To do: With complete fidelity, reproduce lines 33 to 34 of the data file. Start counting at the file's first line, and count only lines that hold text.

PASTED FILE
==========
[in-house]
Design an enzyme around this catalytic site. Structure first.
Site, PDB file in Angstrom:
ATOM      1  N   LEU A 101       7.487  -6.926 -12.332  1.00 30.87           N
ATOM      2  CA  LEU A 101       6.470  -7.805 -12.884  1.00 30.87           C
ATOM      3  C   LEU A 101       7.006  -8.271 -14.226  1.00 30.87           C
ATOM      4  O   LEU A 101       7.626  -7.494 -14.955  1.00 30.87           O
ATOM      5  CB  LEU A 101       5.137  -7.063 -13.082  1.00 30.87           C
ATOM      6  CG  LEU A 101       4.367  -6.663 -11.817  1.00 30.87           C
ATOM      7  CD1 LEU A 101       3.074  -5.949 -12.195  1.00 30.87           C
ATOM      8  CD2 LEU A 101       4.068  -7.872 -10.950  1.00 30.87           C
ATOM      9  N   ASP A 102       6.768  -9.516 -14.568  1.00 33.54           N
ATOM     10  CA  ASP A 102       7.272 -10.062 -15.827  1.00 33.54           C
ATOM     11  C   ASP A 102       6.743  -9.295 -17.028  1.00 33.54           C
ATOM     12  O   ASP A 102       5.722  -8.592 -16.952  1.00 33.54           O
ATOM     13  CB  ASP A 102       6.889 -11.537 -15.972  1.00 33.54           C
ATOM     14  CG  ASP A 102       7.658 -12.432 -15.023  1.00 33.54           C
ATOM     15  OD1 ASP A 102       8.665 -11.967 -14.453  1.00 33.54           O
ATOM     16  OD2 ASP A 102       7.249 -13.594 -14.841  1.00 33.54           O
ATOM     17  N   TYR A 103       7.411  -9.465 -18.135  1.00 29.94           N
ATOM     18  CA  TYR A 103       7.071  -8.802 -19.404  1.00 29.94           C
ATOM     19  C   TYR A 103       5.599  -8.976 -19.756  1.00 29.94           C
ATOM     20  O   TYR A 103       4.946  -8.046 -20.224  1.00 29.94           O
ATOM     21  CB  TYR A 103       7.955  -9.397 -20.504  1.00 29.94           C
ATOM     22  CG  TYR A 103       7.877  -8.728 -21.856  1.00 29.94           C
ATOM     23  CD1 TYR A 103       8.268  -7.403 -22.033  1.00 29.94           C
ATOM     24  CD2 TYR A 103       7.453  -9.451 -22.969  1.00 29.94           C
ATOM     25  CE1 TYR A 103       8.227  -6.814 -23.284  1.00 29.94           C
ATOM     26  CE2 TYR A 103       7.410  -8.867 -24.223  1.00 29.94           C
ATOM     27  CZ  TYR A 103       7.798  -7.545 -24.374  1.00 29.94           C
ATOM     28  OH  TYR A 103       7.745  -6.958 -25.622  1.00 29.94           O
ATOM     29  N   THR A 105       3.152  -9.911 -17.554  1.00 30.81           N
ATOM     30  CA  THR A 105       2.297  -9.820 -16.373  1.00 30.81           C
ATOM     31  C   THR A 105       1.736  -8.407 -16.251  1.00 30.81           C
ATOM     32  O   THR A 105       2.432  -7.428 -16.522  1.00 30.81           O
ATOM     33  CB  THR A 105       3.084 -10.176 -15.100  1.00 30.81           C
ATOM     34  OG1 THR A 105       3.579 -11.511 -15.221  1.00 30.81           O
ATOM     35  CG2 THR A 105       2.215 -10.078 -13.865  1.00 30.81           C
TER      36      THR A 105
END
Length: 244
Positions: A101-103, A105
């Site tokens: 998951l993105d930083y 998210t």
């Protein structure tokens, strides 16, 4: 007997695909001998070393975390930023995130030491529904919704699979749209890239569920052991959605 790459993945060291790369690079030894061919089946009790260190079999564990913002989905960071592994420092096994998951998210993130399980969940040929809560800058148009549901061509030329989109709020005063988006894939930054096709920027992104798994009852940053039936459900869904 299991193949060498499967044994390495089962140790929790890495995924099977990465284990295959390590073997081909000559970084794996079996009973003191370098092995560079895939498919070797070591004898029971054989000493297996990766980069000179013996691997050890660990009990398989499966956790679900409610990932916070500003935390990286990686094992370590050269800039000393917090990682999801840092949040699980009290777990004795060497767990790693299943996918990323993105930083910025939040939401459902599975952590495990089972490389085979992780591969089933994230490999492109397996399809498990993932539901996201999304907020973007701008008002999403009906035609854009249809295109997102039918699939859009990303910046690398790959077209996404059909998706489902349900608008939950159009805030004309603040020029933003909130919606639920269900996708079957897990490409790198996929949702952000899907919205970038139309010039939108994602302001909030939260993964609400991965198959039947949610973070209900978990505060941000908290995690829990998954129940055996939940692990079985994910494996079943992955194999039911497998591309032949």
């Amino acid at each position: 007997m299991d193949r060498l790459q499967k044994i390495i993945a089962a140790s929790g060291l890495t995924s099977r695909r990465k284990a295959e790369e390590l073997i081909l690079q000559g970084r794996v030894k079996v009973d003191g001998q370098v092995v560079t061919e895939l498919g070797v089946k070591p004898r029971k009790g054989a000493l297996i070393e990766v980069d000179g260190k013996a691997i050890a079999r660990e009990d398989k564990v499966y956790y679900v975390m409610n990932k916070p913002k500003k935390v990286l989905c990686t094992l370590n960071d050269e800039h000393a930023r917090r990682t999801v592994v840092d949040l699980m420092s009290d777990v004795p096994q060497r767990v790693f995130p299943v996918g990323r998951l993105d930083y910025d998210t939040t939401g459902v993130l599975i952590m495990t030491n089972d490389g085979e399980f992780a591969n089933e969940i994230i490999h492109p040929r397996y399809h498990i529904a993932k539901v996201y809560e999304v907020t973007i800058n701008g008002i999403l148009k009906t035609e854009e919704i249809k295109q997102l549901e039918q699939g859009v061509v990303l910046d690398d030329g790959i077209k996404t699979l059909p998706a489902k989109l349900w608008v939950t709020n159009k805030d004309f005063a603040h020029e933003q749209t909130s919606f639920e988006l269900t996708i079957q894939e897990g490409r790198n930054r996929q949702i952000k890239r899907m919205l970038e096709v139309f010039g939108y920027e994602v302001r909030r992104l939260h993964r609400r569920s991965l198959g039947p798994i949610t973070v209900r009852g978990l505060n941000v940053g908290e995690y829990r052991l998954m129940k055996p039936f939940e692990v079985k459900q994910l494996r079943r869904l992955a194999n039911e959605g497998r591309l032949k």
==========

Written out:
ATOM     30  CA  THR A 105       2.297  -9.820 -16.373  1.00 30.81           C
ATOM     31  C   THR A 105       1.736  -8.407 -16.251  1.00 30.81           C